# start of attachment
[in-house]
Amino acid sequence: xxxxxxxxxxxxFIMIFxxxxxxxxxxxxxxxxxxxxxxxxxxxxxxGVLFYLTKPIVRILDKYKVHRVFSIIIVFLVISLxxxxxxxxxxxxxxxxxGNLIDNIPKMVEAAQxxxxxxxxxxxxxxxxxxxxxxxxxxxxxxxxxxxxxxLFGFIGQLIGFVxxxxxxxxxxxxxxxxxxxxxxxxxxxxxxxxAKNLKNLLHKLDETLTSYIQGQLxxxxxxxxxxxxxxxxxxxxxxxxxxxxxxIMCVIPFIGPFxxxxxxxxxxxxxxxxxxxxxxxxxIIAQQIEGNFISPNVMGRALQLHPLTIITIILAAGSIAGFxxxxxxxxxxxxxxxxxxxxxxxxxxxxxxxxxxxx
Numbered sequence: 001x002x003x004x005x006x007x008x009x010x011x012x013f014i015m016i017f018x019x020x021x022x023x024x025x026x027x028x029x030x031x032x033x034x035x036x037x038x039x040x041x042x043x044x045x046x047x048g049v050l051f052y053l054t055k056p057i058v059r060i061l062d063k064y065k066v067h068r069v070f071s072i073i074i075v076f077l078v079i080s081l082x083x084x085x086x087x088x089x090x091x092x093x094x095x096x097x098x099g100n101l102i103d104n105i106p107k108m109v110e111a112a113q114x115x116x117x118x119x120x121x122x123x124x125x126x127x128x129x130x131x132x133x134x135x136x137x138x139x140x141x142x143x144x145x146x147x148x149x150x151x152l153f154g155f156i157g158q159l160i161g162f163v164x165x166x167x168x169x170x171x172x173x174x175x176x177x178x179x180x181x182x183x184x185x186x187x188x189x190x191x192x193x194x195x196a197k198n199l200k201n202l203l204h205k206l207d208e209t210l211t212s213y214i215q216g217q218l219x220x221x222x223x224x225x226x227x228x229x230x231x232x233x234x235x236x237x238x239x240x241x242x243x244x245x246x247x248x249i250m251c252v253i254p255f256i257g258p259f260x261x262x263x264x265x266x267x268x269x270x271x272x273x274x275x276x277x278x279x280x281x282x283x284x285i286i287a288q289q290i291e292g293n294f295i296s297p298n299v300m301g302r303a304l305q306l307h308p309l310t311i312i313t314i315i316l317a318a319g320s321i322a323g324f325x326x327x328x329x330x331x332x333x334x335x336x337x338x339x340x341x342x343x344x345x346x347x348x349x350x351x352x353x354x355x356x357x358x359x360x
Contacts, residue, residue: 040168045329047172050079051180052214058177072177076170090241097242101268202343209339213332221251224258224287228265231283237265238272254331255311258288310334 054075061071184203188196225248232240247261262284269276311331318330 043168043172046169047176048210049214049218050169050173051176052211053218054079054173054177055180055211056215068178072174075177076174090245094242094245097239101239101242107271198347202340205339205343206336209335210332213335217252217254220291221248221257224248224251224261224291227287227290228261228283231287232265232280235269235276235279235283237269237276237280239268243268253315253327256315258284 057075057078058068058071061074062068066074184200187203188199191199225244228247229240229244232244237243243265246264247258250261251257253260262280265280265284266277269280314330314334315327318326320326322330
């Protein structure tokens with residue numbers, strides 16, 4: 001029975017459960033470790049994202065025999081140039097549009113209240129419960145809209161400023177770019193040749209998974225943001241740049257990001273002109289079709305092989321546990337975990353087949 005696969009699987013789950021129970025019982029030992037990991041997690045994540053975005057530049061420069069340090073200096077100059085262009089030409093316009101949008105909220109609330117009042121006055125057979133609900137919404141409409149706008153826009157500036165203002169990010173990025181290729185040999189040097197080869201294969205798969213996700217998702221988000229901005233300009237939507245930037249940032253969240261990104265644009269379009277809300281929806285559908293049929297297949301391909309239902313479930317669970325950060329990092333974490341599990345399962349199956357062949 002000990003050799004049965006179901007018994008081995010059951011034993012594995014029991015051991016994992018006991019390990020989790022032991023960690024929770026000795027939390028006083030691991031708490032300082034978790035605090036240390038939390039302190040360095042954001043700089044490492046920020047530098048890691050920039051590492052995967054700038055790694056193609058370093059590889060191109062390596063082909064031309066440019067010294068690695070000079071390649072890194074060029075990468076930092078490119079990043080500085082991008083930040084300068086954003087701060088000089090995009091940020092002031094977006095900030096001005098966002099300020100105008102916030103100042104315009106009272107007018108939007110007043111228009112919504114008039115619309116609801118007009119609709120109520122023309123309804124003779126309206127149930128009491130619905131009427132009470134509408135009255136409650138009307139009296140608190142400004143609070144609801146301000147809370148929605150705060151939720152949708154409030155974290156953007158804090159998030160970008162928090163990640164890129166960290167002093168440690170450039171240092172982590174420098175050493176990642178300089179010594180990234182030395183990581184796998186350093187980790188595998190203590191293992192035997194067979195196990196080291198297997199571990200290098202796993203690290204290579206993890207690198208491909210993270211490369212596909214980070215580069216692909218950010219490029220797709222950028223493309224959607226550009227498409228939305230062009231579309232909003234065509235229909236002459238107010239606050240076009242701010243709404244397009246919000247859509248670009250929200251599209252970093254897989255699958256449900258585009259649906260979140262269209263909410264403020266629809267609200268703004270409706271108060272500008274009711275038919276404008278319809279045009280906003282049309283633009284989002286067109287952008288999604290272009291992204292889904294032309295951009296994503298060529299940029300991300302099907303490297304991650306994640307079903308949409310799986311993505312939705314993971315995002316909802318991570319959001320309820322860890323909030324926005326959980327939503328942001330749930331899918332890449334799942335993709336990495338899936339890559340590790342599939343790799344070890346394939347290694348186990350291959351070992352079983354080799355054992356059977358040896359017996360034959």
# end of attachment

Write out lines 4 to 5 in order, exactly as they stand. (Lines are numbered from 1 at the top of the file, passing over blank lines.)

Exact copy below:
Contacts, residue, residue: 040168045329047172050079051180052214058177072177076170090241097242101268202343209339213332221251224258224287228265231283237265238272254331255311258288310334 054075061071184203188196225248232240247261262284269276311331318330 043168043172046169047176048210049214049218050169050173051176052211053218054079054173054177055180055211056215068178072174075177076174090245094242094245097239101239101242107271198347202340205339205343206336209335210332213335217252217254220291221248221257224248224251224261224291227287227290228261228283231287232265232280235269235276235279235283237269237276237280239268243268253315253327256315258284 057075057078058068058071061074062068066074184200187203188199191199225244228247229240229244232244237243243265246264247258250261251257253260262280265280265284266277269280314330314334315327318326320326322330
């Protein structure tokens with residue numbers, strides 16, 4: 001029975017459960033470790049994202065025999081140039097549009113209240129419960145809209161400023177770019193040749209998974225943001241740049257990001273002109289079709305092989321546990337975990353087949 005696969009699987013789950021129970025019982029030992037990991041997690045994540053975005057530049061420069069340090073200096077100059085262009089030409093316009101949008105909220109609330117009042121006055125057979133609900137919404141409409149706008153826009157500036165203002169990010173990025181290729185040999189040097197080869201294969205798969213996700217998702221988000229901005233300009237939507245930037249940032253969240261990104265644009269379009277809300281929806285559908293049929297297949301391909309239902313479930317669970325950060329990092333974490341599990345399962349199956357062949 002000990003050799004049965006179901007018994008081995010059951011034993012594995014029991015051991016994992018006991019390990020989790022032991023960690024929770026000795027939390028006083030691991031708490032300082034978790035605090036240390038939390039302190040360095042954001043700089044490492046920020047530098048890691050920039051590492052995967054700038055790694056193609058370093059590889060191109062390596063082909064031309066440019067010294068690695070000079071390649072890194074060029075990468076930092078490119079990043080500085082991008083930040084300068086954003087701060088000089090995009091940020092002031094977006095900030096001005098966002099300020100105008102916030103100042104315009106009272107007018108939007110007043111228009112919504114008039115619309116609801118007009119609709120109520122023309123309804124003779126309206127149930128009491130619905131009427132009470134509408135009255136409650138009307139009296140608190142400004143609070144609801146301000147809370148929605150705060151939720152949708154409030155974290156953007158804090159998030160970008162928090163990640164890129166960290167002093168440690170450039171240092172982590174420098175050493176990642178300089179010594180990234182030395183990581184796998186350093187980790188595998190203590191293992192035997194067979195196990196080291198297997199571990200290098202796993203690290204290579206993890207690198208491909210993270211490369212596909214980070215580069216692909218950010219490029220797709222950028223493309224959607226550009227498409228939305230062009231579309232909003234065509235229909236002459238107010239606050240076009242701010243709404244397009246919000247859509248670009250929200251599209252970093254897989255699958256449900258585009259649906260979140262269209263909410264403020266629809267609200268703004270409706271108060272500008274009711275038919276404008278319809279045009280906003282049309283633009284989002286067109287952008288999604290272009291992204292889904294032309295951009296994503298060529299940029300991300302099907303490297304991650306994640307079903308949409310799986311993505312939705314993971315995002316909802318991570319959001320309820322860890323909030324926005326959980327939503328942001330749930331899918332890449334799942335993709336990495338899936339890559340590790342599939343790799344070890346394939347290694348186990350291959351070992352079983354080799355054992356059977358040896359017996360034959």